taplint: Tests TAP services
taplint runs a series of tests on a Table Access Protocol
service and reports the results. Unlike most of the other tools in
this package it is not likely to be of use to normal users;
its intended use is for people developing or operating TAP services
to assess their services, perhaps with a view to improving compliance.
Testing takes place in a number of stages; it is possible to choose
which stages are run in by using the
The default output (
is line-based text to standard output,
and each report line is of the (fairly greppable) form:
T-SSS-MMMMxN aaaaa...where the parts have the following meanings:
T: Report type,
one of E(rror), W(arning), I(nfo), S(ummary), F(ailure).
See the documentation of the
report parameter for
further description of what these mean.
report parameter can be used to suppress some of these;
E indicates actual service compliance errors, but
including the others may make it easier to see what's going on.
SSS: Stage abbreviation, as used in the
stages parameter can be used to select
which stages are run.
MMMM: Message label, which is always the same for
messages generated by the same test, is usually different for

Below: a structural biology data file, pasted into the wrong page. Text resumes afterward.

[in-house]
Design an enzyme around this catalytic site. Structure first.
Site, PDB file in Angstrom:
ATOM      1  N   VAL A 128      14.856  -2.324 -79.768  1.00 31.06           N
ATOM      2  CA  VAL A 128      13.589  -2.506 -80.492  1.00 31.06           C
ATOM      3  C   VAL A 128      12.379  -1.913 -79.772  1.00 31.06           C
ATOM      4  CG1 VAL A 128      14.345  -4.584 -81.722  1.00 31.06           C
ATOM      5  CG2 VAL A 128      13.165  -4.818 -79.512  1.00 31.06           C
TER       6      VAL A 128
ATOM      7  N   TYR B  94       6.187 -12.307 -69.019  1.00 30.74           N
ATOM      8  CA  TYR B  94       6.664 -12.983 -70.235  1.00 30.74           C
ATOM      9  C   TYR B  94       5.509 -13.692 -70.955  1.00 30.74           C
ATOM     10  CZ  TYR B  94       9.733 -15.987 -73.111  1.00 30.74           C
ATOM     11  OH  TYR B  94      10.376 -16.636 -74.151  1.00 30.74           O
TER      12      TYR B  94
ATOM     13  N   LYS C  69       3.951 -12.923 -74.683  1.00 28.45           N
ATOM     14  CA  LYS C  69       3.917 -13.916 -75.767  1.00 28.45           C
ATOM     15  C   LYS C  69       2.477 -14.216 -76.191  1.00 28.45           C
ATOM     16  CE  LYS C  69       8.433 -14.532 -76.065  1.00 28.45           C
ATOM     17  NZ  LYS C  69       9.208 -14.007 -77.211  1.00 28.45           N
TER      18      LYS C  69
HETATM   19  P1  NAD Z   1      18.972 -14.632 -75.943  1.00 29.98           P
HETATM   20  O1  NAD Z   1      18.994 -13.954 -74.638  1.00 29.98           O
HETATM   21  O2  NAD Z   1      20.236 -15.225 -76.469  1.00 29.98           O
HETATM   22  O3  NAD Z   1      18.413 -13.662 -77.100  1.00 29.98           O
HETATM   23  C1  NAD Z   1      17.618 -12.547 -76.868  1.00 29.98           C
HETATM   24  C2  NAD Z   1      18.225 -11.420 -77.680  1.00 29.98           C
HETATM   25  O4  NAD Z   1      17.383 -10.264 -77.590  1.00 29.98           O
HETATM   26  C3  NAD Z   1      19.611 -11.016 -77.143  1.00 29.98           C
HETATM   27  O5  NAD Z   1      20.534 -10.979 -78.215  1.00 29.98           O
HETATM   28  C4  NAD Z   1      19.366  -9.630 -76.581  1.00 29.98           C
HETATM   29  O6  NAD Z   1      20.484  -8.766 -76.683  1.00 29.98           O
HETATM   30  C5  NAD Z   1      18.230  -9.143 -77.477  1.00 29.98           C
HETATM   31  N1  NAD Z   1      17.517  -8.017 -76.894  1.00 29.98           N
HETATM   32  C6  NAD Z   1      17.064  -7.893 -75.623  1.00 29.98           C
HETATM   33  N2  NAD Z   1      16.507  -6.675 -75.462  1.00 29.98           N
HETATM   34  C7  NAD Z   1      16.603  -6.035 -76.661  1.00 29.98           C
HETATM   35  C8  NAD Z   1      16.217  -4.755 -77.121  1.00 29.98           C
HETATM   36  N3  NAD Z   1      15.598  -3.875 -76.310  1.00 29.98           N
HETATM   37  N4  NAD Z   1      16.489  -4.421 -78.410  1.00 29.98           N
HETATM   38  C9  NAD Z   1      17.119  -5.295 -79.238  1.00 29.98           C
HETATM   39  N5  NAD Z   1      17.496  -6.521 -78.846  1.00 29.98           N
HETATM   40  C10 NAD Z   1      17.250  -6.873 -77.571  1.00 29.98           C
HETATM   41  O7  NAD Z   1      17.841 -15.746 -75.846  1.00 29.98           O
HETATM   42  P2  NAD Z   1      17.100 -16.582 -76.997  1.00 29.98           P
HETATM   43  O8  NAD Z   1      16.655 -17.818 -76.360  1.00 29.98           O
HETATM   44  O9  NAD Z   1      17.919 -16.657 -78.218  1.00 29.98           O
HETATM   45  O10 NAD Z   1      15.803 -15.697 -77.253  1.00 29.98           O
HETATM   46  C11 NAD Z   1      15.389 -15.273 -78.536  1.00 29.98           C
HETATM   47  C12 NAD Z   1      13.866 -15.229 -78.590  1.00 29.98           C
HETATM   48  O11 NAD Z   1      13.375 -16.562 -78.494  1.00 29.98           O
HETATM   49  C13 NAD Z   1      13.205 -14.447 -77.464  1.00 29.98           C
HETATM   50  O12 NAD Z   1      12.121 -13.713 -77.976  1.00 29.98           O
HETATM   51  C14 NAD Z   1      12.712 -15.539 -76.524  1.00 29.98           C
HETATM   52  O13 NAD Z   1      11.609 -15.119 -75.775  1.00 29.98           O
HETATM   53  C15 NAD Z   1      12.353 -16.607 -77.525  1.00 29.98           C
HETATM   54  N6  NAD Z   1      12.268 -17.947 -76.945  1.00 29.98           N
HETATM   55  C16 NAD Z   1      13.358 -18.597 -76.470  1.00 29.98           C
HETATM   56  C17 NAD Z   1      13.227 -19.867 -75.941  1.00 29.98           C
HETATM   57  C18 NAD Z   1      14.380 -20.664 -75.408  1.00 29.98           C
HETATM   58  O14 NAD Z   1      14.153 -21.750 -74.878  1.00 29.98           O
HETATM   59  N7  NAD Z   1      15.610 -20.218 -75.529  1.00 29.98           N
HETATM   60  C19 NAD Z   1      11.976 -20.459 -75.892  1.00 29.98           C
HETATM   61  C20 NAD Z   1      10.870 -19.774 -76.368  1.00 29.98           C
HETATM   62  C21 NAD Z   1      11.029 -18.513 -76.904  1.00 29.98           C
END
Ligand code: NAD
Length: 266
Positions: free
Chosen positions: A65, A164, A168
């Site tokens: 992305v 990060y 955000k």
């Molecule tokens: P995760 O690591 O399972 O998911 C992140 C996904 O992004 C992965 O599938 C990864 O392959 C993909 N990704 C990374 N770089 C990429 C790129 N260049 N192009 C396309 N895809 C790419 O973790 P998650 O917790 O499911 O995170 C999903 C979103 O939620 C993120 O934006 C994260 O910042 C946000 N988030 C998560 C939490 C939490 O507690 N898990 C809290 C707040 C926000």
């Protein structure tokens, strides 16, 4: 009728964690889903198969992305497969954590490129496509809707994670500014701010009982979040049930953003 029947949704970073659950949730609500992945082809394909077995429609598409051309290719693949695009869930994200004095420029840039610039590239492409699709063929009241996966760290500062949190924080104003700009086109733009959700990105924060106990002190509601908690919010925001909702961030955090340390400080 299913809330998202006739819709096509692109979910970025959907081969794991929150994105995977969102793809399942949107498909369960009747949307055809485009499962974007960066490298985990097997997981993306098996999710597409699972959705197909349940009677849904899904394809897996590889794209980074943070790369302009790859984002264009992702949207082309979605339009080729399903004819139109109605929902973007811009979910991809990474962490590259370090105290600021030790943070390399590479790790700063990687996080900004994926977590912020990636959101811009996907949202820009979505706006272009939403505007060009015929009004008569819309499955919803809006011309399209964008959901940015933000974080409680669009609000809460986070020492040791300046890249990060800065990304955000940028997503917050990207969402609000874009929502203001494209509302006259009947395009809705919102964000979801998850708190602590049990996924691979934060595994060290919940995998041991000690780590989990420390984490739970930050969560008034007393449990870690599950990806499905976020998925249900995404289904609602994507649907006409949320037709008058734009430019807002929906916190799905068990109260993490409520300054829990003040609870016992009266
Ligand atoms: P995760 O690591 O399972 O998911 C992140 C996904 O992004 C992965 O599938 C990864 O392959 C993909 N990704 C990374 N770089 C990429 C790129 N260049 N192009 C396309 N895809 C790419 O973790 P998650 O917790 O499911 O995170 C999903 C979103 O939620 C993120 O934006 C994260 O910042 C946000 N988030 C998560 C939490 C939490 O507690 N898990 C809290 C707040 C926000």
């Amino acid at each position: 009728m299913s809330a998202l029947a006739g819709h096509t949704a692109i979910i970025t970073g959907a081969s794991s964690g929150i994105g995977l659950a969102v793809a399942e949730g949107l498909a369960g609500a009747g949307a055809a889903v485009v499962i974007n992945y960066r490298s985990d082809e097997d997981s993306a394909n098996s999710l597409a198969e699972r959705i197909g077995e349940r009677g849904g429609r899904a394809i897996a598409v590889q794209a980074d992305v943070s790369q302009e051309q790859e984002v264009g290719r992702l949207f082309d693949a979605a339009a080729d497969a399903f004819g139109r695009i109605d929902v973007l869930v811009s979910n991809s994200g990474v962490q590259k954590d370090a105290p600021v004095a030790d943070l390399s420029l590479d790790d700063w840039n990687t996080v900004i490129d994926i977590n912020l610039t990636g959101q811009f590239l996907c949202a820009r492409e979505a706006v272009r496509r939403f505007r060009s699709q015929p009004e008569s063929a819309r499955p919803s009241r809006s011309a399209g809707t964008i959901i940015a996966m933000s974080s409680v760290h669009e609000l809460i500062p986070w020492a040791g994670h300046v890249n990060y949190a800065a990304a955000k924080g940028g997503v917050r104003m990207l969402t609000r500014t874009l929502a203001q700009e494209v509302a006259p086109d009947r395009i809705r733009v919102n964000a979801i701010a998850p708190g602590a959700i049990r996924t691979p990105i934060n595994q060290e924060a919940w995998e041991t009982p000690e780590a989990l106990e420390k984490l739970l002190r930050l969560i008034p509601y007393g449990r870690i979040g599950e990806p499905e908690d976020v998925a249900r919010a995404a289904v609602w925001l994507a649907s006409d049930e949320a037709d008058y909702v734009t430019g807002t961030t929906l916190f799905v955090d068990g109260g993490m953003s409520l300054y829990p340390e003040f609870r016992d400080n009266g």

messages generated by different tests, and may be somewhat mnemonic.
x: Continuation indicator,
-" or "
In most cases it is "
-", indicating the first line of
a message, but multi-line messages (rare) use "
-" for the first
line and "
+" for any continuation lines.
N: Sequence number, which is 1 for the first time
T-SSS-MMMM is reported, and increases by one
for each subsequent appearance.
After a certain maximum (determined by the
parameter) additional reports with the same code are no longer output
individually, but a summary of the number of reports so discarded
is written at the end of the section with the character "
instead of the sequence number.
This behaviour prevents the output being swamped by
multiple reports of the same issue.
maxrepeat parameter is increased above 9, more than
one digit will be used here (so e.g. for maxrepeat=999, the format would
aaaaa...: Message text, a free text description of
what is being reported.
If you don't like that format, others may be selected using the
format parameter, which currently also supports JSON.
For more flexible interaction with the output you can invoke
and supply your own
TAP is a complicated beast, referencing many standards
and it is hard to write a validator which is comprehensive, especially
one which can provide useful output for services with a range of
This tool tries to make a wide range of tests, but does not claim to
be comprehensive. An idea of what tests it does perform can be gained
from the stages listed in the description of the
parameter. It does make a fairly good job of checking that declared
metadata is consistent and matches the data actually returned from queries,
it tests job submission in most of the various ways permitted by the TAP
standard, and it checks all returned VOTables by effectively running them
Things it does not test much include complex ADQL queries,
coordinate/STC-related data types, queries in non-ADQL languages,
and service registration.
HTTP connections made by this validator are flagged in the
User-Agent field with the token